- Free entry
- Opening hours: Open the website
- Bus: 24
- Parking: pay-parking in the surrounding area
The museum is housed in a neo-classical palace located almost at the top of the Colle (Hill) of San Giusto. The visit is spread over three floors, hosting five rooms divided between the Roman world, depicted by statues, steles, sarcophagi and small everyday objects, and ancient Egypt. The Egyptian collection amazes with the richness of the finds (more than a thousand). Initially, the most striking things are the three mummies sarcophagi, one stuccoed and painted in wood, one in granite and one in stone.
On the first floor there are four rooms dedicated to prehistory and early local history and the Mayan collection. The rooms retell the earliest times of local history through objects that illustrate the lives of our ancestors in the Stone Age, when they lived in the caves of the Karst, and then moved during the second millennium B.C. into fortified villages, hillforts. At this time there are also the magnificent bronze objects found in the necropoli along the valley of the Isonzo.
The second floor is dedicated to classical collections and divided into the Cypriot Hall, the collection of Greek and Etruscan vases, jars from Magna Grecia and the Collection from the area of Taranto. Particularly valuable is the silver rhyton (a ritual beaker) embossed with the head of a deer.
The museum is the most important in the area dedicated to archaeology, with collections that range very widely from the chronological and geographical perspective. It was formed as a result of the collecting mania typical of the rich families of Trieste merchants who loved collecting things and then donate them to the museum. The presence of a very active port certainly facilitated the arrival of so many finds from far and wide. The gathering and holding of all these works of antiquity had a dual function: that of educating young people and the people of the city in general and acting as a model for artisans and artists.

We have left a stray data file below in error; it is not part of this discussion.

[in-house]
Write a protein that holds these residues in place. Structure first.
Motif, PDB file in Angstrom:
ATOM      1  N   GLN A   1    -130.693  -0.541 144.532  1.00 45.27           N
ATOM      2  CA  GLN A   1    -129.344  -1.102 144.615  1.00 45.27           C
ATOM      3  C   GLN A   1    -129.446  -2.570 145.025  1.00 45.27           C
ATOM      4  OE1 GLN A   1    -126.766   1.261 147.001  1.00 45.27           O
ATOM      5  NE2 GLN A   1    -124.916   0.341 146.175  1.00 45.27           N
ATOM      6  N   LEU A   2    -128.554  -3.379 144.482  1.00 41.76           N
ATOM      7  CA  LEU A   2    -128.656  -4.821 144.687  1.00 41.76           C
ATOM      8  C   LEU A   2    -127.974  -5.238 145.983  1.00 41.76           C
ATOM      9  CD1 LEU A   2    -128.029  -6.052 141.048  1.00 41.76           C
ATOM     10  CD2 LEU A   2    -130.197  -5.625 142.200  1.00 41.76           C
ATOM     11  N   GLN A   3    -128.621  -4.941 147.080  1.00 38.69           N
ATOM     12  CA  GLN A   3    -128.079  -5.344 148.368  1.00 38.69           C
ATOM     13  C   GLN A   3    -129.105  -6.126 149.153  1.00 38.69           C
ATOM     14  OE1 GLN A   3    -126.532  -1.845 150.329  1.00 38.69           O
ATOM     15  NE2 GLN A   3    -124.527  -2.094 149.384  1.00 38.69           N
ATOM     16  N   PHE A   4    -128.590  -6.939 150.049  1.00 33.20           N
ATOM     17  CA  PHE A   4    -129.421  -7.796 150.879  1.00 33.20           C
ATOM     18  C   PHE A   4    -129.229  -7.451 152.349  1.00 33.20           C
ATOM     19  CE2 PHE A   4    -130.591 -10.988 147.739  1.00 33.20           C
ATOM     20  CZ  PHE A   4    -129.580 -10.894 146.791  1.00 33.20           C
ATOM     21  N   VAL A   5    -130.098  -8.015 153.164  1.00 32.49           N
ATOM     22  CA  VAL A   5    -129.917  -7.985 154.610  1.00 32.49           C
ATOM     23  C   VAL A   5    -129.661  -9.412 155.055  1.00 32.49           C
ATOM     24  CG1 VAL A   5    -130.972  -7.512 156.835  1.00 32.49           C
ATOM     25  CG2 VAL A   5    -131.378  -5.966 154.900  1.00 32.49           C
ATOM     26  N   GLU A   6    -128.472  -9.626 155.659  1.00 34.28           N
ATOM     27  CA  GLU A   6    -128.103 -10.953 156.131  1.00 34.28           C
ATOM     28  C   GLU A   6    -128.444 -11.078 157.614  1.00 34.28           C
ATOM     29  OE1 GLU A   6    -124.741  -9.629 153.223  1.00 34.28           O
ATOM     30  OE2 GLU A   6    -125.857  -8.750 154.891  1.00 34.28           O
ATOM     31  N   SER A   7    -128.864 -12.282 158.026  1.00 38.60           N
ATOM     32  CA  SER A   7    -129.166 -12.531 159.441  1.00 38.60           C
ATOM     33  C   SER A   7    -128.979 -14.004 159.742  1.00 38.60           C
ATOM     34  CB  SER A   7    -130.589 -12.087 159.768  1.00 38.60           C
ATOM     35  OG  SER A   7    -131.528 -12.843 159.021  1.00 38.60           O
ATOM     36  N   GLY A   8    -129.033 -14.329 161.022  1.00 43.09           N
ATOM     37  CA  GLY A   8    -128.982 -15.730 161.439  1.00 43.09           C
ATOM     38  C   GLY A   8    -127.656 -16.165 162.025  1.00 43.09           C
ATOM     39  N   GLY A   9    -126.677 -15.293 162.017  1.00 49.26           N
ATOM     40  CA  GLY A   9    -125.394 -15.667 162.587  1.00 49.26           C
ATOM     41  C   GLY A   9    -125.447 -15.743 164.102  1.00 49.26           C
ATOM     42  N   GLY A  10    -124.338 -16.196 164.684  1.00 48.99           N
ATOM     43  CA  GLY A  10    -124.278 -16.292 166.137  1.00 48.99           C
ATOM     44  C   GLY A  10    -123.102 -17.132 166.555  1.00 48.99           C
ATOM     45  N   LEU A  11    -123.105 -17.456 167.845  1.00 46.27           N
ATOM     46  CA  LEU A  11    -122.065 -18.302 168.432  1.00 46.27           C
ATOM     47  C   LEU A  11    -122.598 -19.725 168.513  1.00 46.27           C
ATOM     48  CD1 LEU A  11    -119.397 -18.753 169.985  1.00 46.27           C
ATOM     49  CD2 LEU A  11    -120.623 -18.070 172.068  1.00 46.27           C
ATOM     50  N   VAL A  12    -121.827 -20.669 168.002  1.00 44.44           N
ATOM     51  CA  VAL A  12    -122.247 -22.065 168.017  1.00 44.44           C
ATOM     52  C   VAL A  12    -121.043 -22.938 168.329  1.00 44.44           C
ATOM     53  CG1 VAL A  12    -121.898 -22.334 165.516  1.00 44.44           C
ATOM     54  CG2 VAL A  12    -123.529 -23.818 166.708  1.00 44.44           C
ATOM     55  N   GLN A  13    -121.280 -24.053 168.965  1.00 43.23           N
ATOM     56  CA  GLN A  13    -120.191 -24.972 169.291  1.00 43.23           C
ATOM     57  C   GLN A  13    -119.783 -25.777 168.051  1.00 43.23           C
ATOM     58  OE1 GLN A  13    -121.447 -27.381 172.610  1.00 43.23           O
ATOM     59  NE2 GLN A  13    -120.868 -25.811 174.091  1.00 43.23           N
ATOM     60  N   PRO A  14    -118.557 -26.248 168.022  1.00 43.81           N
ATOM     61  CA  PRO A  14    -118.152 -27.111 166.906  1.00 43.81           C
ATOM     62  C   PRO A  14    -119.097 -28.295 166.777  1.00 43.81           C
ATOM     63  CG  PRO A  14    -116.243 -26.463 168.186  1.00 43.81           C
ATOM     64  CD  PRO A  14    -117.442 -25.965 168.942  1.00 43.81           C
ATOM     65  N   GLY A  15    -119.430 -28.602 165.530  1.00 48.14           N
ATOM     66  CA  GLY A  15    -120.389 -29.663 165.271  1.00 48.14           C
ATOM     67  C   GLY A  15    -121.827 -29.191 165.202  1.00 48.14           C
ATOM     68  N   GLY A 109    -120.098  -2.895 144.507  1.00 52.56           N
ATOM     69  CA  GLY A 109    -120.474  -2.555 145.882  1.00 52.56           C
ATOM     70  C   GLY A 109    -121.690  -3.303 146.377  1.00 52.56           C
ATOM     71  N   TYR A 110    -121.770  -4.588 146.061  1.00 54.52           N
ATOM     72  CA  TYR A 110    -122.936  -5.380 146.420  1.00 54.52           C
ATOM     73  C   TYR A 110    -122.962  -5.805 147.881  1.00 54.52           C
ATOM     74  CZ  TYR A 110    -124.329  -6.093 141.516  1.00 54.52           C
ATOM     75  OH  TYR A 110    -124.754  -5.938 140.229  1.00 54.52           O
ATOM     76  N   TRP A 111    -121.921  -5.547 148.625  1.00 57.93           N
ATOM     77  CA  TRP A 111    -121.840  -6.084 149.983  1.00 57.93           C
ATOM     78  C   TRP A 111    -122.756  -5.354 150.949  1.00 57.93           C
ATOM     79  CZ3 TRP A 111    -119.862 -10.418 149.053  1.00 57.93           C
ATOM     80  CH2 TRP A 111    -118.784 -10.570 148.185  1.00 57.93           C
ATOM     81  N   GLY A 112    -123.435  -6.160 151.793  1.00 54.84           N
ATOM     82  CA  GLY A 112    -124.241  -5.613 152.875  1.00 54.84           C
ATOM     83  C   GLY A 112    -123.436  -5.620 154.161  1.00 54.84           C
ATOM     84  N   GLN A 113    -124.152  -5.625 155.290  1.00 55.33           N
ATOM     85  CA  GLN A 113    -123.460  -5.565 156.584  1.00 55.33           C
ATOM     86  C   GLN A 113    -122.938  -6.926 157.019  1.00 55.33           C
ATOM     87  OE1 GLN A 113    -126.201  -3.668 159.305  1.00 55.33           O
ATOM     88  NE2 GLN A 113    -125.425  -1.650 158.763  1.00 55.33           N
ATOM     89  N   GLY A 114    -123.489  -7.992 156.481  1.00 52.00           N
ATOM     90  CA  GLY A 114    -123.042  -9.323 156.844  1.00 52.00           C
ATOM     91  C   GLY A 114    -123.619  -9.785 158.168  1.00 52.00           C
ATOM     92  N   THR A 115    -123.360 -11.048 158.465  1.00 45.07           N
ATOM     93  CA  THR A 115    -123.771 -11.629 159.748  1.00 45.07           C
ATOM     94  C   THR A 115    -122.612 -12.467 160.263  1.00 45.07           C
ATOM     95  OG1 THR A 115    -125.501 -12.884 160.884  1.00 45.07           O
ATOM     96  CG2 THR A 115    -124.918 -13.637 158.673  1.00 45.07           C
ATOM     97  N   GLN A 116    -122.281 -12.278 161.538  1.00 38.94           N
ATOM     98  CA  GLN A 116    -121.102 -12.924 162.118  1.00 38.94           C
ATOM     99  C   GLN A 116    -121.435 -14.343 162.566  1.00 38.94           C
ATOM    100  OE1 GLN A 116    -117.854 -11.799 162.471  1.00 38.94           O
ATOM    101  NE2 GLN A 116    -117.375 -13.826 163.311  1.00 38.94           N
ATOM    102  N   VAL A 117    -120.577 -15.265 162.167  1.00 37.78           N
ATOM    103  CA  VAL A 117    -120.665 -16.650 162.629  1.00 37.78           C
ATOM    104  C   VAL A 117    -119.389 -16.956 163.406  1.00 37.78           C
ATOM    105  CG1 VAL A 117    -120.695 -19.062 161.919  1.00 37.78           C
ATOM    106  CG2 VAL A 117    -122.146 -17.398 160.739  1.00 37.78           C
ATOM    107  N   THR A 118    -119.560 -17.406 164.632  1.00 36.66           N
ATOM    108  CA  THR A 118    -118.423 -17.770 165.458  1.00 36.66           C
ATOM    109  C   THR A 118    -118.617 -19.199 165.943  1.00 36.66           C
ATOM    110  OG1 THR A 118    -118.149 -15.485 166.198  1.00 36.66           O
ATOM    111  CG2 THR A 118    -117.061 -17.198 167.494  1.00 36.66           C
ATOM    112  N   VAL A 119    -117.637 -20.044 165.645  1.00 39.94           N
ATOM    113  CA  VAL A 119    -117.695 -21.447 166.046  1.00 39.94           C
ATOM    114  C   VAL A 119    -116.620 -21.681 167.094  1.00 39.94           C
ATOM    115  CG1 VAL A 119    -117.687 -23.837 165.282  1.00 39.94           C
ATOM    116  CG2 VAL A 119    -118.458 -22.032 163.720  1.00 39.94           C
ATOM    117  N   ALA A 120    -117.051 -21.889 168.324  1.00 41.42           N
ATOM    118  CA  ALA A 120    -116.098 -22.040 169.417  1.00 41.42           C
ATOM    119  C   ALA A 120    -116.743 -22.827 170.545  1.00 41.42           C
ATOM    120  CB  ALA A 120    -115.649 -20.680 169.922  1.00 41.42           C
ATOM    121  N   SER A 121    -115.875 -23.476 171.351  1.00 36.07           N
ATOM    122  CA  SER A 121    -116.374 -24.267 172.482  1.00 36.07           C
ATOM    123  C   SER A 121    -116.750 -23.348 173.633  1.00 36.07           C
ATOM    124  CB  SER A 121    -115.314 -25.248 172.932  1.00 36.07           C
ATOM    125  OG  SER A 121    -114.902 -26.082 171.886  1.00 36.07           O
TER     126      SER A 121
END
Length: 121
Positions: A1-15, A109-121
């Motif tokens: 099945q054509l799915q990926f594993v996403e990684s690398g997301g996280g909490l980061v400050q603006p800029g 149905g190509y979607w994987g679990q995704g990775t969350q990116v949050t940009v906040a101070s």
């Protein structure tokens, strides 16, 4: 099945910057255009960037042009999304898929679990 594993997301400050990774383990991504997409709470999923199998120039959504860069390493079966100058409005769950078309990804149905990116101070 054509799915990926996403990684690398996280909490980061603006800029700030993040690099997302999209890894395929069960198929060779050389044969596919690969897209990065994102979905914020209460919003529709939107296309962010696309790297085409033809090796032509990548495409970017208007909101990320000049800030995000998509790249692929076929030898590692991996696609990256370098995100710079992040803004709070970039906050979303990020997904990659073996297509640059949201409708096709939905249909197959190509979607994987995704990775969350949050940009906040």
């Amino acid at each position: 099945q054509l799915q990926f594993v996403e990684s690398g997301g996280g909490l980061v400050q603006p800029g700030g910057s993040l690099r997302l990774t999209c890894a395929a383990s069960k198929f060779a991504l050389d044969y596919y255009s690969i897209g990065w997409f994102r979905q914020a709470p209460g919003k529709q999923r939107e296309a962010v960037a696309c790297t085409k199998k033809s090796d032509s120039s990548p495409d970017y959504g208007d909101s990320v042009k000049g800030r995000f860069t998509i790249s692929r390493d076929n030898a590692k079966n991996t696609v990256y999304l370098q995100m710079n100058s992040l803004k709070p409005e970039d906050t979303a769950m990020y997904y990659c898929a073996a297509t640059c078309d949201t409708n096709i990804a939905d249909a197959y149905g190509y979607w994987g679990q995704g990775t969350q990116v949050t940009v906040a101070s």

Such a great passion for antiquity in Trieste is also explained by the importance of the fatal passage through the city of Johann Joachim Winckelmann towards the end of the 18th century. He is considered the father of Archaeology and Art History and is remembered by the cenotaph in the lapidary garden, which is nothing other than the memorial garden attached to the Museum.
Not to be missed
1. Grave goods from the site of Saint Lucia di Tolmino (Most na Soči in Slovenia), on the Upper Isonzo, the largest and richest settlement of the Halstattian cultural group in the Southeastern Alps that turned up more than 7,000 incineration graves, very rich in grave goods and dating back to the 8th to 4th centuries B.C.
2. Personal ornaments in amber and bronze in the little treasure of San Canziano del Carso (Škocjan in Slovenia, 4th - 3rd century B.C.).
3. From the Egyptian Collection, the pink granite anthropoid sarcophagus belonging to Suty-nakht, treasurer of the pharaoh, called the Panfili sarcophagus from the donor family (13th century BC)
4. Portrait of Emperor Caligula (27-41 A.D.) and the relief called "Germany captive", a province conquered by the Romans during his reign.
5. A refined series of decorative and trinkets, including a group of Venus with puttoes in amber, created by the thriving inlay industry at Aquileia in the 1st century A.D.
6. Rhyton (ritual beaker) in embossed and gilted silver depicting the head of a young deer, originating from Taranto and produced in the Greek colonies on the Black Sea, 400 B.C.)
7. Amphora apula with red figures attributed to the painter Lycurger with scenes of hunting for the Calydonian wild boar and fighting between Achilles and the Queen of the Amazons (360-340 B.C.).
8. The "Cesare Fabietti" Mayan Collection consisting of pottery and anthropoid figures in terracotta of theMaya culture from El Salvador (600-1000 A.D.).
- Guided visit languages: Italian, English
- Tour languages: Italian, English
- Temporary exhibitions
- Conference room
- Relax area
- Refreshment point
- Animal access